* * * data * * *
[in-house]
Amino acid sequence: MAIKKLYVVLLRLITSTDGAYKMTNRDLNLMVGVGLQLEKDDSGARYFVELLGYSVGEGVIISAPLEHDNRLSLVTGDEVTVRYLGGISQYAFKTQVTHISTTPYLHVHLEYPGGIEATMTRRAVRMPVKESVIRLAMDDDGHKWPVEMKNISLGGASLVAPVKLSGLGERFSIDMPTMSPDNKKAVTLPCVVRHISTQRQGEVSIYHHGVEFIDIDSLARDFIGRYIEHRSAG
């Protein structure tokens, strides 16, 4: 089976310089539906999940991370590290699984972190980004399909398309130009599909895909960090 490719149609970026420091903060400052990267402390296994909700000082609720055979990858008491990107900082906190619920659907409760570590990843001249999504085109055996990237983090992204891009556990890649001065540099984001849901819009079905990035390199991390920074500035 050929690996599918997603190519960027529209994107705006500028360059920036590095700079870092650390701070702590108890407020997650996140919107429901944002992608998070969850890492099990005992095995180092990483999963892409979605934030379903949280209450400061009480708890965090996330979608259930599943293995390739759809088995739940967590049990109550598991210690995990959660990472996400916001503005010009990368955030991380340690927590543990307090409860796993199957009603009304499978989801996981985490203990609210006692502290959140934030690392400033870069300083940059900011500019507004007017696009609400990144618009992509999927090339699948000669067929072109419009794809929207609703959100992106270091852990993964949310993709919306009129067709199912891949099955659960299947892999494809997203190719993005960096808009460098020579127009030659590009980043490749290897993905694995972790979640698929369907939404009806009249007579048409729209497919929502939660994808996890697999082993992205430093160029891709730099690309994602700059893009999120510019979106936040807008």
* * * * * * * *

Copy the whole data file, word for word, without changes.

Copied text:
[in-house]
Amino acid sequence: MAIKKLYVVLLRLITSTDGAYKMTNRDLNLMVGVGLQLEKDDSGARYFVELLGYSVGEGVIISAPLEHDNRLSLVTGDEVTVRYLGGISQYAFKTQVTHISTTPYLHVHLEYPGGIEATMTRRAVRMPVKESVIRLAMDDDGHKWPVEMKNISLGGASLVAPVKLSGLGERFSIDMPTMSPDNKKAVTLPCVVRHISTQRQGEVSIYHHGVEFIDIDSLARDFIGRYIEHRSAG
């Protein structure tokens, strides 16, 4: 089976310089539906999940991370590290699984972190980004399909398309130009599909895909960090 490719149609970026420091903060400052990267402390296994909700000082609720055979990858008491990107900082906190619920659907409760570590990843001249999504085109055996990237983090992204891009556990890649001065540099984001849901819009079905990035390199991390920074500035 050929690996599918997603190519960027529209994107705006500028360059920036590095700079870092650390701070702590108890407020997650996140919107429901944002992608998070969850890492099990005992095995180092990483999963892409979605934030379903949280209450400061009480708890965090996330979608259930599943293995390739759809088995739940967590049990109550598991210690995990959660990472996400916001503005010009990368955030991380340690927590543990307090409860796993199957009603009304499978989801996981985490203990609210006692502290959140934030690392400033870069300083940059900011500019507004007017696009609400990144618009992509999927090339699948000669067929072109419009794809929207609703959100992106270091852990993964949310993709919306009129067709199912891949099955659960299947892999494809997203190719993005960096808009460098020579127009030659590009980043490749290897993905694995972790979640698929369907939404009806009249007579048409729209497919929502939660994808996890697999082993992205430093160029891709730099690309994602700059893009999120510019979106936040807008």